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January 2, 2023

Jerry McGill's Playlist for His Novel "The Color of Family"

The Color of Family by Jerry McGill

In the Book Notes series, authors create and discuss a music playlist that relates in some way to their recently published book.

Previous contributors include Jesmyn Ward, Lauren Groff, Bret Easton Ellis, Celeste Ng, T.C. Boyle, Dana Spiotta, Amy Bloom, Aimee Bender, Roxane Gay, and many others.

Jerry McGill's novel The Color of Family is an compelling and innovatively told family drama.

Booklist wrote of the book:

"McGill’s prose is theatrical, packing every paragraph with action. The Color of Family crosses vast expanses of time and space, with secrets and twists unraveling at breakneck speed; it’s deeply engrossing. The family’s voices are alive and expressive through diary entries, interviews, rich dialogue, and detailed accounts of their familial relationships and social circles. The Payne family is unforgettable, and the humanity McGill observes through them is a gift."

In his own words, here is Jerry McGill's Book Notes music playlist for his novel The Color of Family:

The family drama has always fascinated me. Which is funny because I myself did not come from a big family. I grew up with a single mother and a sister. Very briefly two uncles made appearances and a grandmother on my mother’s side was someone we saw about once a month on weekends. That was it. Everything I know about family drama I got from TV, film, and literature. Soap operas were big for me in the early stages of my life. As I recovered from my shooting I spent endless hours in front of a television, afraid to go outside. Afraid that as a young boy in a wheelchair I looked like a freak to society. This fear and shame didn’t stay with me for long…actually, as I write that sentence I realize that isn’t true. It has never truly gone away. But I have grown. I have adapted. I have made healthy choices that have allowed my perspective to shift in meaningful and constructive ways. Writing/creating has been instrumental in that growth process.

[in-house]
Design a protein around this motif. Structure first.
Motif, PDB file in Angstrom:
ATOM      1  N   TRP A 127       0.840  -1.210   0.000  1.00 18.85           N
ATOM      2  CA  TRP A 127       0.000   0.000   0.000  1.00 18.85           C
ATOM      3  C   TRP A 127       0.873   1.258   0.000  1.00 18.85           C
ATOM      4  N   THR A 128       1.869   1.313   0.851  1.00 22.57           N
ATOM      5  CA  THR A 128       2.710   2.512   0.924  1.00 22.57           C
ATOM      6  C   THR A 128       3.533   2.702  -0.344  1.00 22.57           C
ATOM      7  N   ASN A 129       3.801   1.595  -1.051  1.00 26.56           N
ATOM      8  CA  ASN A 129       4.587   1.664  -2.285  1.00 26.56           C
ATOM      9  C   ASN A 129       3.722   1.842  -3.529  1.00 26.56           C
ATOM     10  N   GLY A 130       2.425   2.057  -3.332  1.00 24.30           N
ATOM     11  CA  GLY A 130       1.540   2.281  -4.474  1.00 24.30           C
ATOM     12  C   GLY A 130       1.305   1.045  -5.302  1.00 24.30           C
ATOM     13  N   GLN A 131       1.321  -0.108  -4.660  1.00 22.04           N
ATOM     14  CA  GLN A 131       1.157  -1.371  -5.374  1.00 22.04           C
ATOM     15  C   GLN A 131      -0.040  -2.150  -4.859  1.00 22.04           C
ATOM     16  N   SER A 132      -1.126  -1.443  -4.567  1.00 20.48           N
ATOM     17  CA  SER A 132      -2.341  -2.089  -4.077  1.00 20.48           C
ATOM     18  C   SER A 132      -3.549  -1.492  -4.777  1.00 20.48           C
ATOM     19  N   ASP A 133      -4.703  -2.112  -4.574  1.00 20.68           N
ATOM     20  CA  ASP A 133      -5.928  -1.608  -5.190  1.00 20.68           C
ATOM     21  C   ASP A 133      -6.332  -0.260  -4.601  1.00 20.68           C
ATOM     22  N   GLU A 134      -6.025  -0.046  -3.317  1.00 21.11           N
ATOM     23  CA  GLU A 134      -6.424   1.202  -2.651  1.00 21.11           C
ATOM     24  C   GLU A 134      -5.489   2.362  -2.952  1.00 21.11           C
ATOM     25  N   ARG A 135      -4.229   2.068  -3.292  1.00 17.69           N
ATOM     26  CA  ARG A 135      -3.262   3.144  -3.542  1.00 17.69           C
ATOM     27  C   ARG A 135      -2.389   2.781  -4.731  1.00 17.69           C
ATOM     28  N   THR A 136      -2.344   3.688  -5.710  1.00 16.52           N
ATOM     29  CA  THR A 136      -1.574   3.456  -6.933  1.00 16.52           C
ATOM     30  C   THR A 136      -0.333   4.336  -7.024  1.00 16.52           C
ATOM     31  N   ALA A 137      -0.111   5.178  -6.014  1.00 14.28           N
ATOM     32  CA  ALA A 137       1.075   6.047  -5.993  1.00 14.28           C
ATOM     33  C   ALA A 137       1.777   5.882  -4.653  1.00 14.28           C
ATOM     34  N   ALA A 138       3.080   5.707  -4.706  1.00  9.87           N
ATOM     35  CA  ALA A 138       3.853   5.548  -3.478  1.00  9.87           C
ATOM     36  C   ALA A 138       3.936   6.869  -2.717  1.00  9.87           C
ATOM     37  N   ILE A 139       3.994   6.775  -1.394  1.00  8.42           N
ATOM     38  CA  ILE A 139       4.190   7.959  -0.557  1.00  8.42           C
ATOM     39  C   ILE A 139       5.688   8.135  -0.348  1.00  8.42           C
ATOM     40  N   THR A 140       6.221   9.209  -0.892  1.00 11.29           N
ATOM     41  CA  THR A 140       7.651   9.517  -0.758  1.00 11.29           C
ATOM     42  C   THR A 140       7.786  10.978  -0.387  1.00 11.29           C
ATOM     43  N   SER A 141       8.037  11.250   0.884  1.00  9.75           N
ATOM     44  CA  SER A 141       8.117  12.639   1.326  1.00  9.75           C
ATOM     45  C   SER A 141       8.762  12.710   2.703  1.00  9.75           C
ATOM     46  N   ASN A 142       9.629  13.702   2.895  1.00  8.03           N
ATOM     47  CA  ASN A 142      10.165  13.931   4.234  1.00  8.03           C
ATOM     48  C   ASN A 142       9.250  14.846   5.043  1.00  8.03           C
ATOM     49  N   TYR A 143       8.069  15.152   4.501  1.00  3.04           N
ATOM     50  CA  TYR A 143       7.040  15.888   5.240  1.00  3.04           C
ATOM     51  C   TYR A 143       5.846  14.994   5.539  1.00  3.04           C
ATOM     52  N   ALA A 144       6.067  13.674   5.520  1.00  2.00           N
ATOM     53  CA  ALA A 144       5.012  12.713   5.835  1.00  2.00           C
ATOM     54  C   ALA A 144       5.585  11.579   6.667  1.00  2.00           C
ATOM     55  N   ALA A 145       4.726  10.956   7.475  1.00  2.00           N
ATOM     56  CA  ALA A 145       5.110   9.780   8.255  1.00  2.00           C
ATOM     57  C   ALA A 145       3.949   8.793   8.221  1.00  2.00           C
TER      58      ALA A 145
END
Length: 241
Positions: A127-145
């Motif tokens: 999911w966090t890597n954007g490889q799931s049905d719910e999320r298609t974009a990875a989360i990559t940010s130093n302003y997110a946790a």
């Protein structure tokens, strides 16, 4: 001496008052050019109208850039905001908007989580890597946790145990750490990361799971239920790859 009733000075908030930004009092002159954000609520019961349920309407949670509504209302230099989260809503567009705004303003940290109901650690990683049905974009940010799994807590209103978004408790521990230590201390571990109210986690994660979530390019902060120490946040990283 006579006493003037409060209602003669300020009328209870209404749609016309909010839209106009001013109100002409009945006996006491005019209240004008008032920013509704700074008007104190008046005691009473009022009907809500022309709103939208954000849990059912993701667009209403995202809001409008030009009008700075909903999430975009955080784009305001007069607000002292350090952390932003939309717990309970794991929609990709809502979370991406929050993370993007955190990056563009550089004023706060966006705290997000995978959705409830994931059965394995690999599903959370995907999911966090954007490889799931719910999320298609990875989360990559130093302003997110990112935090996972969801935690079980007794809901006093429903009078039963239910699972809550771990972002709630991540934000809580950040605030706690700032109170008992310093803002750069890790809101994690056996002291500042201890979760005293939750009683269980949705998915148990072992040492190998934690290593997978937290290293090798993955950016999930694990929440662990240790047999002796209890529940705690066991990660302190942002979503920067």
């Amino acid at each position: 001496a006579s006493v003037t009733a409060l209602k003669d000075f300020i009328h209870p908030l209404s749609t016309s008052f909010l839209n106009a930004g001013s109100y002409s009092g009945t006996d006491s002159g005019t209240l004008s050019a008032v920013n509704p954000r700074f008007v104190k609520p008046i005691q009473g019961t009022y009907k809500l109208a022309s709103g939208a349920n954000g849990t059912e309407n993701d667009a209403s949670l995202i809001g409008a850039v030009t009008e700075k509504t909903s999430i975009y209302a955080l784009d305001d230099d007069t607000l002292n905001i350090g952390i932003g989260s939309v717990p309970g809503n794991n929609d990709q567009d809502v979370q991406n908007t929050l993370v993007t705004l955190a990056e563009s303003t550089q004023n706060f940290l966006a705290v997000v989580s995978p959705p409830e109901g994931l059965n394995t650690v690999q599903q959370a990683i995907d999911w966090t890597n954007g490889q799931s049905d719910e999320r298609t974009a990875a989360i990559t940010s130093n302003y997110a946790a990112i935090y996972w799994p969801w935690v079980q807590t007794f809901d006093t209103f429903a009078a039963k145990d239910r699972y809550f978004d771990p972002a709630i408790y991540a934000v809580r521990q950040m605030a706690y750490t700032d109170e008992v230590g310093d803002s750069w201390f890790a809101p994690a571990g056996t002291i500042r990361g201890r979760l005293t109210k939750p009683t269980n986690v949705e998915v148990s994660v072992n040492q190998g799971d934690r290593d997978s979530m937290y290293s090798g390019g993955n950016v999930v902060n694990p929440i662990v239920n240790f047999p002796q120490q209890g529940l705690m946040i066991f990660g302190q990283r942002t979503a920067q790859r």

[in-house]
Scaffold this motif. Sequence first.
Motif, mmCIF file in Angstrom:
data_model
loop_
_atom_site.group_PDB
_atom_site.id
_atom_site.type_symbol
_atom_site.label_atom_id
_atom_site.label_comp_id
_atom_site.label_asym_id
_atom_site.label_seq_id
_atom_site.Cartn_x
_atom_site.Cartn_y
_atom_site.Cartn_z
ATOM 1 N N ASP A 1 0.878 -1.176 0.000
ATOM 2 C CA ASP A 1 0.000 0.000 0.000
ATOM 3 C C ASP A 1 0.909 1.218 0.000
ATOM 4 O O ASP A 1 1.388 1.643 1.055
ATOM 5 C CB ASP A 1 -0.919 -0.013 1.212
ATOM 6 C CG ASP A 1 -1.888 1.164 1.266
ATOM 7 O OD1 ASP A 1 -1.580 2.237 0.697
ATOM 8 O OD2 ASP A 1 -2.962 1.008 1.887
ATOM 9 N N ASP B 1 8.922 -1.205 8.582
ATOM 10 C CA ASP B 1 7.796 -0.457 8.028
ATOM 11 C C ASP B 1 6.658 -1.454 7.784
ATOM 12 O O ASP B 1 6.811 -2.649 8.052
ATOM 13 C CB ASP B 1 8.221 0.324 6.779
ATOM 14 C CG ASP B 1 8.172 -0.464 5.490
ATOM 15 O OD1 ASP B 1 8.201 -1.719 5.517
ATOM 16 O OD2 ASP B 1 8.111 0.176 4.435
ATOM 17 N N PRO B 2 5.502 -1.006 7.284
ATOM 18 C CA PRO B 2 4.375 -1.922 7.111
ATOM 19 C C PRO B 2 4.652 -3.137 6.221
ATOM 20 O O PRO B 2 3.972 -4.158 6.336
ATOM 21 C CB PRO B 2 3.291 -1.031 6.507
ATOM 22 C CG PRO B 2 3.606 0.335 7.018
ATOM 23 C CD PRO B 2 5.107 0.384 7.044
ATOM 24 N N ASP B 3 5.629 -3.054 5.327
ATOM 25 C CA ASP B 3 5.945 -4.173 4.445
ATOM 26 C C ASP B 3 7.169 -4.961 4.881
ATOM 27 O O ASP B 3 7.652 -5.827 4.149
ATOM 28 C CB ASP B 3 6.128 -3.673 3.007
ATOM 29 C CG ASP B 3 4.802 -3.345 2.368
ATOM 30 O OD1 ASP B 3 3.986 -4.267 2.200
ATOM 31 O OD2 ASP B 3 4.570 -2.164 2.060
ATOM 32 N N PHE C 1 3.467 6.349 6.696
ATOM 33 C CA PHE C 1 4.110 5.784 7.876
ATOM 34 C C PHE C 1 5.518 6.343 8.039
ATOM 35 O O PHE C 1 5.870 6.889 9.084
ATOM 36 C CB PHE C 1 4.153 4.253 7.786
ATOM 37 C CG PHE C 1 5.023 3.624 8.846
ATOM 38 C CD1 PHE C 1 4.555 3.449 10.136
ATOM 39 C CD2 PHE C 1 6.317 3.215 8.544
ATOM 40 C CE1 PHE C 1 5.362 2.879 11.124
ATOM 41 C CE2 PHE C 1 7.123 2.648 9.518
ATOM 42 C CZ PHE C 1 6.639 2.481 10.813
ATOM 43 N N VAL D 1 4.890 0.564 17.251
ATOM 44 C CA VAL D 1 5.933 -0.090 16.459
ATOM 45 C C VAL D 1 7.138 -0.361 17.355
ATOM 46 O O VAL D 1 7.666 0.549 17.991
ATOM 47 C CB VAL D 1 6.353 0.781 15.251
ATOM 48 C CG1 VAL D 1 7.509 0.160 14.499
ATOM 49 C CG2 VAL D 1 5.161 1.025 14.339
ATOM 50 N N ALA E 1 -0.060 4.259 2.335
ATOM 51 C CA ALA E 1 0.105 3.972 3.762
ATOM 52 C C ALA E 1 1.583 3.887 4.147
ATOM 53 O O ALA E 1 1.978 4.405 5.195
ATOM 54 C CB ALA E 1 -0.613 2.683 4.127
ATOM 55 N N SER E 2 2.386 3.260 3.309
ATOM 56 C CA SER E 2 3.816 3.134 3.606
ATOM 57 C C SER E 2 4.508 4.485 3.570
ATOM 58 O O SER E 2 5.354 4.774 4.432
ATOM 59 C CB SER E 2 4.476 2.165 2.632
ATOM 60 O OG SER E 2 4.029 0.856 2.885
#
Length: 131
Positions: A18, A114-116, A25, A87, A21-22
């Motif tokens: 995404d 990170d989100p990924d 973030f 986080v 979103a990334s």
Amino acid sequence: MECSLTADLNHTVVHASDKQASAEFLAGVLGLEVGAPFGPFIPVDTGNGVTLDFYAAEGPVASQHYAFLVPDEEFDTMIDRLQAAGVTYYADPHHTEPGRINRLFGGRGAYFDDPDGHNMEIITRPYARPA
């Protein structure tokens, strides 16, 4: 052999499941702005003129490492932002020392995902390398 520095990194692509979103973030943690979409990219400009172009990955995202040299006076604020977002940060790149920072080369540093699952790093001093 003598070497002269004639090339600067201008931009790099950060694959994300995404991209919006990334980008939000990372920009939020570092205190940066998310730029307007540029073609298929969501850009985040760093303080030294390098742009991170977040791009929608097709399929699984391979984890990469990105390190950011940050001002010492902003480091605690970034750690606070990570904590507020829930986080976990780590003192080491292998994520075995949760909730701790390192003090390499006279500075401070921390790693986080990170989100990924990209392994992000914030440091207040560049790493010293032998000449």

I started out wanting to be an actor. When I was around sixteen I began taking weekly acting classes with a theatre company located in midtown Manhattan. A helpful technique I learned from a very eloquent and thoughtful acting teacher of mine was to give my character a bio. Ask yourself – what is this character’s history? What was his first thought when he woke up? What did he have for breakfast that morning? What is his favorite song? Why is it that? What type of emotions does it evoke? Years later, when I started to take writing a lot more seriously I applied this technique to creating the major characters in my stories. It became an essential tool for me.

The Color of Family has numerous characters, primarily members of the Payne Family. In the first draft, every character had their own short story that highlighted a certain period of their life. As I wrote each of these chapters I had a song in mind that fit that character for any number of different reasons; some obvious, some less so. Not all of these stories survived the final manuscript, but they live on in my heart like they were my own child. Here is my list of songs that helped me move through this novel. Thank the Heavens for music. I could not create without it.

The Very Thought of You by Nat King Cole

For me, every project begins and ends with Nat King Cole. No other artist is able to stir as much emotion in me as does this singer and his syrupy voice. When Harold and Camille, the parents in the novel, are children, I envisioned them each growing up in a household where NKC played regularly on the record player. I don’t actually believe in Heaven, but if I’m wrong and there is such a place, I imagine NKC is playing constantly there.

Cheek to Cheek by Ella Fitzgerald

Roxanne is the oldest Payne sibling and the one the rest might consider a bit of a prude. She grew up extremely well educated and I always saw her as one who did not suffer fools gladly as they say. Ella was essential listening for her as she pursued her medical degree.

Wild Horses by the Rolling Stones

Margeaux was the sibling who probably more than any other rebelled against the ideals of patriarchy and capitalism that eventually led to the great wealth that was appreciated by the Payne family. The true “artiste” in the family she would have been absolutely happy to run off with Mick Jagger and tour with the Stones all over the world. Responsibility be damned. That is a silly idea created by suits.